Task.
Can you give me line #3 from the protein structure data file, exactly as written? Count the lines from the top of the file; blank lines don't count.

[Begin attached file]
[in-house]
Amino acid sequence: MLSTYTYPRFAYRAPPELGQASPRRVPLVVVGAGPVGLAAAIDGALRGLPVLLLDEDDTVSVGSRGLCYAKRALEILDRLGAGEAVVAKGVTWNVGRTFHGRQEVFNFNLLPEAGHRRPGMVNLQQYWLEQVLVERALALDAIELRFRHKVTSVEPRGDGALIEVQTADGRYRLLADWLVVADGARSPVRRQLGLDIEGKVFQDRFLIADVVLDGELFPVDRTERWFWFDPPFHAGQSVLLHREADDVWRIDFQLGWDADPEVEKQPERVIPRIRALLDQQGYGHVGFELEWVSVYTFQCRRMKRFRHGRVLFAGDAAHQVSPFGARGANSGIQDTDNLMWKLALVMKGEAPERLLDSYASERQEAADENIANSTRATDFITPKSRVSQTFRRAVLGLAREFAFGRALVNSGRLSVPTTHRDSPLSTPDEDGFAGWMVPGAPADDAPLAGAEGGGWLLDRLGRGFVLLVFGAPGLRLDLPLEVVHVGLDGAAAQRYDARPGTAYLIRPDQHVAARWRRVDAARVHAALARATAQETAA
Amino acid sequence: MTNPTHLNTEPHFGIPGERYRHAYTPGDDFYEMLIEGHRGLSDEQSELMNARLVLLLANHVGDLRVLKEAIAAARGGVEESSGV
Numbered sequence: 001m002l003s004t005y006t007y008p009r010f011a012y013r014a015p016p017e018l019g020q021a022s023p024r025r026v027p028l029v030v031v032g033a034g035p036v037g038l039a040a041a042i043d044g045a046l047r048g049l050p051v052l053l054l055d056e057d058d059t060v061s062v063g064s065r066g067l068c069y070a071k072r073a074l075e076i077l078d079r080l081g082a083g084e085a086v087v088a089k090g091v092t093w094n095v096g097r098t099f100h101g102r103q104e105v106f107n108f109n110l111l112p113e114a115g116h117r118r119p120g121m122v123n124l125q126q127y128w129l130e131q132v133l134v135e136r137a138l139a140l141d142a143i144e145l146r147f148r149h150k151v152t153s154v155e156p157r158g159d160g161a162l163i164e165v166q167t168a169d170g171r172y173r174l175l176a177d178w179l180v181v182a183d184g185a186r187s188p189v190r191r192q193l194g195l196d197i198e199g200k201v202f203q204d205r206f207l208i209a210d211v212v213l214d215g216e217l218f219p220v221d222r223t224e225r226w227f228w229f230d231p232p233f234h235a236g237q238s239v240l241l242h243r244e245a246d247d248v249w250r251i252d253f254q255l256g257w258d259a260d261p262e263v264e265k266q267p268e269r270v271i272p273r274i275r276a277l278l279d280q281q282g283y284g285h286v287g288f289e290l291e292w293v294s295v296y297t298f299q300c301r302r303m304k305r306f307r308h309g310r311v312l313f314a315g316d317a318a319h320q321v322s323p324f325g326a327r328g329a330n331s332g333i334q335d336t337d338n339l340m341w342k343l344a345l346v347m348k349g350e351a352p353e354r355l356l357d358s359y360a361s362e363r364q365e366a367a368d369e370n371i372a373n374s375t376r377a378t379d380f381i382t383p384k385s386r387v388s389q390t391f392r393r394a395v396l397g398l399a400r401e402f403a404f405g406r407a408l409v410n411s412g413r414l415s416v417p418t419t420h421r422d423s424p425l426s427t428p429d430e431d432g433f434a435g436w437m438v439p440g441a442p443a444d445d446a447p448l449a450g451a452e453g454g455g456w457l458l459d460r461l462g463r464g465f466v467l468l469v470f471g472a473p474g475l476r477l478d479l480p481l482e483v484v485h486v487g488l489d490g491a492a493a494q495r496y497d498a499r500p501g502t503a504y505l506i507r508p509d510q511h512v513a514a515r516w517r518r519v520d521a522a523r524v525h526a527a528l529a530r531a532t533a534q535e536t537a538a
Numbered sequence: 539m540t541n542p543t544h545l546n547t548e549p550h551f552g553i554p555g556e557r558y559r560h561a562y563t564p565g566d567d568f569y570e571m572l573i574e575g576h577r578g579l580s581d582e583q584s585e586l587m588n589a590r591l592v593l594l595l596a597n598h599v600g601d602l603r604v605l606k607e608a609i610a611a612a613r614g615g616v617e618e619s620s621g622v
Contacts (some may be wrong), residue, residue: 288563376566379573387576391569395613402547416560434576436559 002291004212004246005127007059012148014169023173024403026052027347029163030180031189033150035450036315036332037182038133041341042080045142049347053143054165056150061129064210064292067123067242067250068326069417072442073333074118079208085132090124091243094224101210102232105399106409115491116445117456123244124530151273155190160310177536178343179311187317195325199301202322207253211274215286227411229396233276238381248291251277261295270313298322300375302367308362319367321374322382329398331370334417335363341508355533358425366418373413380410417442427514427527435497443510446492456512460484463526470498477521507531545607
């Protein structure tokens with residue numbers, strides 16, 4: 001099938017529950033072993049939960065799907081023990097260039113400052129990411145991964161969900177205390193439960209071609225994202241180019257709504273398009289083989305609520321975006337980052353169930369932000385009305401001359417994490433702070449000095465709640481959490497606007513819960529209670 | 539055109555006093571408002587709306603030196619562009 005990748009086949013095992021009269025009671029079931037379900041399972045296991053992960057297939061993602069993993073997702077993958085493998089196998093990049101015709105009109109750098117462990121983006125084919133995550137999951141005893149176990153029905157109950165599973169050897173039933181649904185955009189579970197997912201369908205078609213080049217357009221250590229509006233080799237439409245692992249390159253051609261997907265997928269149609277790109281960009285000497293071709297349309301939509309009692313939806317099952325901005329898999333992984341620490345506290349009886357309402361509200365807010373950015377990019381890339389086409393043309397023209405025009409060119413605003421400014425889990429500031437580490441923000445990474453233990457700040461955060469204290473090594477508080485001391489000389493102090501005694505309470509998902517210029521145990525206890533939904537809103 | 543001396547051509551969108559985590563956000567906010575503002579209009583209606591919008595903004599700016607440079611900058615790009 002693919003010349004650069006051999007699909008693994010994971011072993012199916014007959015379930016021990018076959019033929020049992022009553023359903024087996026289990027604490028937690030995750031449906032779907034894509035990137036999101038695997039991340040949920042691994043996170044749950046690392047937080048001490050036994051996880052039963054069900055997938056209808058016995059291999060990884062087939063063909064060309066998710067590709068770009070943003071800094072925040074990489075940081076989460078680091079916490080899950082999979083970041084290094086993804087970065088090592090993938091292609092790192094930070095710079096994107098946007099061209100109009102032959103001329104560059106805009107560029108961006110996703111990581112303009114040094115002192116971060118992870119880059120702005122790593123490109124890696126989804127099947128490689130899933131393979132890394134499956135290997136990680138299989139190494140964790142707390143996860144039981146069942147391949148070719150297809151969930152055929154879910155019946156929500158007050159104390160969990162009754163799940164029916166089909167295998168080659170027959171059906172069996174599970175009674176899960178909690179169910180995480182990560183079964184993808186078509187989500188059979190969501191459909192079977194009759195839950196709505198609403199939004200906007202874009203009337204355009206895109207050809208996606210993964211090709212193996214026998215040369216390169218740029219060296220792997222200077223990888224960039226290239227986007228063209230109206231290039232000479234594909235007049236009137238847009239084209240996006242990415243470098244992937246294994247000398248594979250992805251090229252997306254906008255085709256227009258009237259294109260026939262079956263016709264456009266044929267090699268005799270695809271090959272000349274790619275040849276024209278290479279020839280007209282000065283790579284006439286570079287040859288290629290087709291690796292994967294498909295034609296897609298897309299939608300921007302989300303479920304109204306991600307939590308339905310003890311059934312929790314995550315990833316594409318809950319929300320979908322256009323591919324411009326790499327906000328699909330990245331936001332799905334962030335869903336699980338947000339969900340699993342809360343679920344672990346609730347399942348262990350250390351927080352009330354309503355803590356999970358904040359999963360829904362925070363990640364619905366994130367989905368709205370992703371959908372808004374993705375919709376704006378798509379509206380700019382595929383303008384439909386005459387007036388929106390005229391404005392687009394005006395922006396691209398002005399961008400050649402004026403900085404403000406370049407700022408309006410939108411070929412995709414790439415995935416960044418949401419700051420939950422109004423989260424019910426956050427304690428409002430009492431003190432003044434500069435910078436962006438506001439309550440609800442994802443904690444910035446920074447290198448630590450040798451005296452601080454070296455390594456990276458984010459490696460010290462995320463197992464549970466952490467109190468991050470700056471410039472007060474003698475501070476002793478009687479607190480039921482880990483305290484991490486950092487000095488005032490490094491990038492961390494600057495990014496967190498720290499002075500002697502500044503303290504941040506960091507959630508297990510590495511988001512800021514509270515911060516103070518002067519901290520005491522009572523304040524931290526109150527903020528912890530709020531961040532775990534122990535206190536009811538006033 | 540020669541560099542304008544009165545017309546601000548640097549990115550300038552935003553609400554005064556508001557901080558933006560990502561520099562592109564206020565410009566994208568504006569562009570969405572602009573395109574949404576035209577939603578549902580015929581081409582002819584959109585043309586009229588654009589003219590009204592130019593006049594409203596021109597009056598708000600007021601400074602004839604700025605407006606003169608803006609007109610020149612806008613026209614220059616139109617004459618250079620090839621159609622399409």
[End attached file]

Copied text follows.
Amino acid sequence: MTNPTHLNTEPHFGIPGERYRHAYTPGDDFYEMLIEGHRGLSDEQSELMNARLVLLLANHVGDLRVLKEAIAAARGGVEESSGV